When Erika Hurt first saw the photo, it shattered her.
She was in jail, recovering from a near-fatal heroin overdose that occurred while her infant son slept in the back of her car. The evening news came on, and suddenly there it was: an image of Hurt slumped unconscious in the driver’s seat with needle in her left hand, taken by an officer just before medics revived her with a shot of Narcan.
The picture, released by police trying to draw attention to heroin abuse in tiny Hope, Indiana, rocketed around the internet, turning Hurt into a symbol of America’s opioid epidemic.
“They exposed me and my addiction to the whole world,” Hurt, 26, recalled. “I thought it was terrible.”
She has since changed her mind.
On Sunday, Hurt celebrated a year of sobriety, a journey that began with the Oct. 22, 2016 overdose ─ and that picture. To mark her accomplishment, she posted the photo on Facebook, calling it “the absolute worst moment of my life” and a reminder of how far she has come.
“At this point in my life now, I do think it was a good thing, because I’m able to look back and see that’s who I was, and that was the place it led to,” Hurt said this week.
The police official who released the photo, Hope Town Marshal Matt Tallent, said he never meant to embarrass Hurt, or shame her into changing. The point, he said, was to send a message of heroin’s dangers.
Hope is in Bartholomew County, where the number of fatal drug overdoses has climbed from six in 2015 to 12 in 2016 to 23 so far this year ─ a jump that officials attribute to opioids.
It’s unclear if the photo had any impact on the local drug problem. Tallent said he believes it helped ─ and saved Hurt.
“For this girl to have her life ripped up and then come back and be sober after everything that’s happened to her, that’s a story of success,” Tallent said.
Hurt traces her addiction to a staph infection she contracted when she was 15 and was prescribed painkillers. She got hooked, and progressed to heroin, often stealing to feed her habit. She managed to stop when she got pregnant, she said, and stayed clean through the December 2015 birth of her son, Parker.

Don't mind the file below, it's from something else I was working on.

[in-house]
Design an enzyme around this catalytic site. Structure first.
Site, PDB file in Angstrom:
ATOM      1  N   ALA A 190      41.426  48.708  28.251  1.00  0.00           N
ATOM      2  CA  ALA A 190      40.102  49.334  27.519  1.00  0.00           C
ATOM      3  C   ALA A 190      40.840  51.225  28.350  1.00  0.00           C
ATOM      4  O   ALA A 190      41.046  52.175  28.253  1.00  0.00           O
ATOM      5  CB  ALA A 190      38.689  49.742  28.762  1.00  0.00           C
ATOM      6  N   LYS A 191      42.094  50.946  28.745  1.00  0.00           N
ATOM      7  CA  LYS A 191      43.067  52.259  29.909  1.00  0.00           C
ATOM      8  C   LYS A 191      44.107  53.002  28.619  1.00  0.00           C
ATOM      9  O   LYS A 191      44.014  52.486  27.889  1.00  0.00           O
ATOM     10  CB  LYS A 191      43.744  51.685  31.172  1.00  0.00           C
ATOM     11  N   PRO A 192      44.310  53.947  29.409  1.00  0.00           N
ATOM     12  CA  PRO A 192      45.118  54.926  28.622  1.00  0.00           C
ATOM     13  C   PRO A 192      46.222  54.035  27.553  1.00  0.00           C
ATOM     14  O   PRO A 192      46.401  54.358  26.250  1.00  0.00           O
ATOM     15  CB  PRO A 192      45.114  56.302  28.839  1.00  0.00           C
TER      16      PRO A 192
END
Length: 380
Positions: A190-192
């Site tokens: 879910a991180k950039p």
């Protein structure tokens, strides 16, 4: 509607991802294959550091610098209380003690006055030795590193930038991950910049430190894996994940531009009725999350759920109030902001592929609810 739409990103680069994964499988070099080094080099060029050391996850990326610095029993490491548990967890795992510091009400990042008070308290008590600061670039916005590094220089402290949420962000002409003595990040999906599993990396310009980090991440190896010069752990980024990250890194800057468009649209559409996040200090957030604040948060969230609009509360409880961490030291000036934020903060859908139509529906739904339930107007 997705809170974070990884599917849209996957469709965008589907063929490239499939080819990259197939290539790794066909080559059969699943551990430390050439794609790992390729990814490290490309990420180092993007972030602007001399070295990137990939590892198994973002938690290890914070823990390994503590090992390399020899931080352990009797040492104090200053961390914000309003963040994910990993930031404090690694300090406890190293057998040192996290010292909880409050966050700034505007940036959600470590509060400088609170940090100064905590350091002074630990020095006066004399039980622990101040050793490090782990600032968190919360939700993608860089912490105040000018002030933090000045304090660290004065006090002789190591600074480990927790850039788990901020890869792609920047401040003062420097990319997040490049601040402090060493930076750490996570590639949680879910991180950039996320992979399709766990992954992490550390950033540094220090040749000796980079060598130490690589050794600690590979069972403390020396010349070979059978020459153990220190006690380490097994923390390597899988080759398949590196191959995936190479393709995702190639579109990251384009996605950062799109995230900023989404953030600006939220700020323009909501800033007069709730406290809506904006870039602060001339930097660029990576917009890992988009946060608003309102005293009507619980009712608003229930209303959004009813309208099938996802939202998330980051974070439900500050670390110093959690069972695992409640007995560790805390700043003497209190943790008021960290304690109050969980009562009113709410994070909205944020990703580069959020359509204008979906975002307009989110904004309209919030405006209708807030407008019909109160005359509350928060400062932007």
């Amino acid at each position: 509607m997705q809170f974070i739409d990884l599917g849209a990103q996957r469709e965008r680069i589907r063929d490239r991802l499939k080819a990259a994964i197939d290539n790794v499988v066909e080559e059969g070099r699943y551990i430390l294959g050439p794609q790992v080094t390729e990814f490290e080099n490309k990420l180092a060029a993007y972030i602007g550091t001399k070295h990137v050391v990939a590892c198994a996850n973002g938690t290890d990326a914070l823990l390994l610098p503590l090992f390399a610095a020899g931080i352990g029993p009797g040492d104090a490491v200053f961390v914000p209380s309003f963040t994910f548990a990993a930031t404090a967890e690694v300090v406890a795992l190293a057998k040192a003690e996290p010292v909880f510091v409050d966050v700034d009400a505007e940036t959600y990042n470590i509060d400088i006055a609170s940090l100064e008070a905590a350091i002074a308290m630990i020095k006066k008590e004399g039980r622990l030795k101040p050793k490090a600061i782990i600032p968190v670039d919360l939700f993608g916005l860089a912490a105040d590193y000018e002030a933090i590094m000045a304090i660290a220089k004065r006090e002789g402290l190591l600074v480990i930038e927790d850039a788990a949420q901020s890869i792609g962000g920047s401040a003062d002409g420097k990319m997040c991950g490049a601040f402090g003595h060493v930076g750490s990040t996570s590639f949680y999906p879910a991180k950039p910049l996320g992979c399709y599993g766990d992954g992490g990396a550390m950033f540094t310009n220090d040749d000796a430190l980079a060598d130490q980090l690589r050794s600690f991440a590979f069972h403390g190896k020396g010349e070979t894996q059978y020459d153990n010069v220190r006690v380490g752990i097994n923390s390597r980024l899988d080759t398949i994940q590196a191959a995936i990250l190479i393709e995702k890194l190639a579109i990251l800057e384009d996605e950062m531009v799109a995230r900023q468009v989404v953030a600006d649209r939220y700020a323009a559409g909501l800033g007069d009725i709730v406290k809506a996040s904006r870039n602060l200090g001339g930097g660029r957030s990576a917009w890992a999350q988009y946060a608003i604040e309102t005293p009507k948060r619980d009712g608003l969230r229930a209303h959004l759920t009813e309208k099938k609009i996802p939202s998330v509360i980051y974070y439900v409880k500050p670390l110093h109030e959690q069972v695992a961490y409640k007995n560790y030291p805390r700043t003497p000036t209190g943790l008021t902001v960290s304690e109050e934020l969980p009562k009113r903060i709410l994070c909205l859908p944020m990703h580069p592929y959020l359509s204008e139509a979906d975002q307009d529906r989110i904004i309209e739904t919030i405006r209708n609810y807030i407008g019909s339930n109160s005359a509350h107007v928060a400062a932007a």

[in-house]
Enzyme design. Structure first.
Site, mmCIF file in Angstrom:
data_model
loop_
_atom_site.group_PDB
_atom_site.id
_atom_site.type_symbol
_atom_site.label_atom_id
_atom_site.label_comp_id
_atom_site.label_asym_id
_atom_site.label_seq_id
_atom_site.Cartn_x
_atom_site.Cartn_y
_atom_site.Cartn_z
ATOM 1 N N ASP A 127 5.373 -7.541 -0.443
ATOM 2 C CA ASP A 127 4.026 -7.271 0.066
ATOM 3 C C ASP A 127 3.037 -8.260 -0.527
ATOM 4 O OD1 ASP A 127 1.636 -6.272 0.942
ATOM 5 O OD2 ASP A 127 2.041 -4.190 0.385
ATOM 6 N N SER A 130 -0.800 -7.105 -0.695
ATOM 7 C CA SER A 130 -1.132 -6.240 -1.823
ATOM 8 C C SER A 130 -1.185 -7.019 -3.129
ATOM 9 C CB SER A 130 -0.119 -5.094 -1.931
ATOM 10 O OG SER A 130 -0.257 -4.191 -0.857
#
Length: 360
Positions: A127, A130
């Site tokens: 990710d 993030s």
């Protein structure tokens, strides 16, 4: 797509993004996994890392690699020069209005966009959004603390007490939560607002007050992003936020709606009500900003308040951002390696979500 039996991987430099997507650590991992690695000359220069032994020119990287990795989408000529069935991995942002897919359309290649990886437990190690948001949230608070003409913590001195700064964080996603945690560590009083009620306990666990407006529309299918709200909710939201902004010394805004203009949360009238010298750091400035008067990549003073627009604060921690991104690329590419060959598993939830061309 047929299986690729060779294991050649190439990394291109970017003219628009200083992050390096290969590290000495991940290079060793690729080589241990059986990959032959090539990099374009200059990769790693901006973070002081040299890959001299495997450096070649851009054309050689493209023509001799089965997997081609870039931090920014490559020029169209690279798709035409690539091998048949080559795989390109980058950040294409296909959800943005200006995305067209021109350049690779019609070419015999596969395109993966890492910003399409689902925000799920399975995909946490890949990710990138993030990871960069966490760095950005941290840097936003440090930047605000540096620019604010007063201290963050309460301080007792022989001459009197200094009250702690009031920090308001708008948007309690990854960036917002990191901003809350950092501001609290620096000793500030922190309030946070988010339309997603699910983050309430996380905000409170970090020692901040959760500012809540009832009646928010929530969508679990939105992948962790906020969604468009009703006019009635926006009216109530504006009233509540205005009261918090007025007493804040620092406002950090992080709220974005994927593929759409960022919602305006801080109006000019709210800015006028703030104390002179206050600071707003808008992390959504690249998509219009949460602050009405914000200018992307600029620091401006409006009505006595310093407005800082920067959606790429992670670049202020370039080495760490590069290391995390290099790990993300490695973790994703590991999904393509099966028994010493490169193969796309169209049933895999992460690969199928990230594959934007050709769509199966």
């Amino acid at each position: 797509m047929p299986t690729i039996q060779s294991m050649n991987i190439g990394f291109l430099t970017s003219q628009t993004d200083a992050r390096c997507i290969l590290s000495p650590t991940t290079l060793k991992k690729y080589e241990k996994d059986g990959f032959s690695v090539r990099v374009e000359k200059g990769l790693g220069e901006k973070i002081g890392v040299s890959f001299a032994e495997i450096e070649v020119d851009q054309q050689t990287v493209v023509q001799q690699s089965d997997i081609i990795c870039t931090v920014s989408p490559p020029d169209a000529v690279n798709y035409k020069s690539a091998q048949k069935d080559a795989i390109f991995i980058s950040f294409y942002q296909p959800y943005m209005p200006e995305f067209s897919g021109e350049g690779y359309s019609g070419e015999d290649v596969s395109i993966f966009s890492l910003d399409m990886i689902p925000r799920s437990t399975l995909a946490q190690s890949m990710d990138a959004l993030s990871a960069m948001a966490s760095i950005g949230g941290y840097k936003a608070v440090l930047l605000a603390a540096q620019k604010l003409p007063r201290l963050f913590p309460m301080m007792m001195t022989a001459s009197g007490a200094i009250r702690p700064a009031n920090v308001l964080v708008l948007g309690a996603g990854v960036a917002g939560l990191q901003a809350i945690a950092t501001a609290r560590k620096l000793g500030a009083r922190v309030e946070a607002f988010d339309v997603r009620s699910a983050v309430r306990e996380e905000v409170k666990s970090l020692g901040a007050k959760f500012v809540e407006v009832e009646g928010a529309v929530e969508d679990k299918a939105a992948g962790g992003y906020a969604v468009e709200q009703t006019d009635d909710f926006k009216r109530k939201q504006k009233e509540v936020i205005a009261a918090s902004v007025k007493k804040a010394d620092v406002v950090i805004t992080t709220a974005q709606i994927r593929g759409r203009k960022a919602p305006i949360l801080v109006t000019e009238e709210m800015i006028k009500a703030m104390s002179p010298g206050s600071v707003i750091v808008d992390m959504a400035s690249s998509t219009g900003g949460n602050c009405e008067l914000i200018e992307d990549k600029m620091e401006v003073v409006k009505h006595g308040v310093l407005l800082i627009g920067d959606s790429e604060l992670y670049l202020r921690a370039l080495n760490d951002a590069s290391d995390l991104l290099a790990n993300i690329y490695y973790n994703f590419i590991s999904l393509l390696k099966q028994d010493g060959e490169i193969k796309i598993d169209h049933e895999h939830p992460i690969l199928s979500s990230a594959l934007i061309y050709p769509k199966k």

She relapsed soon after, though, and went to rehab. She made it two weeks after returning home last October. She bought a packet of heroin but didn’t get high until the next day, when she was driving around town with her son asleep in his car seat.
She pulled into the parking lot of a Dollar General Store and shot up.
“I justified it by saying, ‘He’s so young, he’ll have no idea what’s going on, he won’t know even if he does see it,'” Hurt recalled.
The next thing she remembers is coming to in an ambulance. She later learned that heroin had been laced with morphine.
Hurt went from the hospital to Bartholomew County Jail, and the photo ended up with Tallent. He released it to the local media, as police in other small towns around the country — Ohio, Massachusetts, North Carolina — had done before.
It went viral.
“I was so hurt and embarrassed. I had no clue that the picture had even been taken,” Hurt said. “But at the same time, it was kind of a really big eye opener to see myself like that.”
Hurt ended up pleading guilty to neglect of a dependent and was given a two-year suspended jail sentence that required her to go to an inpatient drug rehab program at the jail. She signed temporary custody of her son over to her mother.
When the inpatient program ended, Hurt was allowed to live at her mother’s under house arrest. She was reunited with Parker, who will turn 2 in December, and found a job in a plastic molding plant.
She feared ending up a pariah in her town of 2,158 people, remembered only for her lowest moment. But other than some nasty online comments, no one treated her badly in public, she said.
“There was a lot more love than attacking,” Hurt said.
She still attends court-mandated rehab and self-help meetings, and plans to petition for custody of her son when she feels stable enough.
She holds no grudge against the police. Over the summer, a Hope officer pulled her over for speeding, looked at her license and told her he was proud of her. He let her go without a ticket, she said.
Hurt wrote a note to the police department, thanking them.
Tallent says Hurt’s story is an inspiration.
“Young people make mistakes,” he said. “People are allowed to make mistakes as long as they recognize it and come back stronger. That’s what this is about.”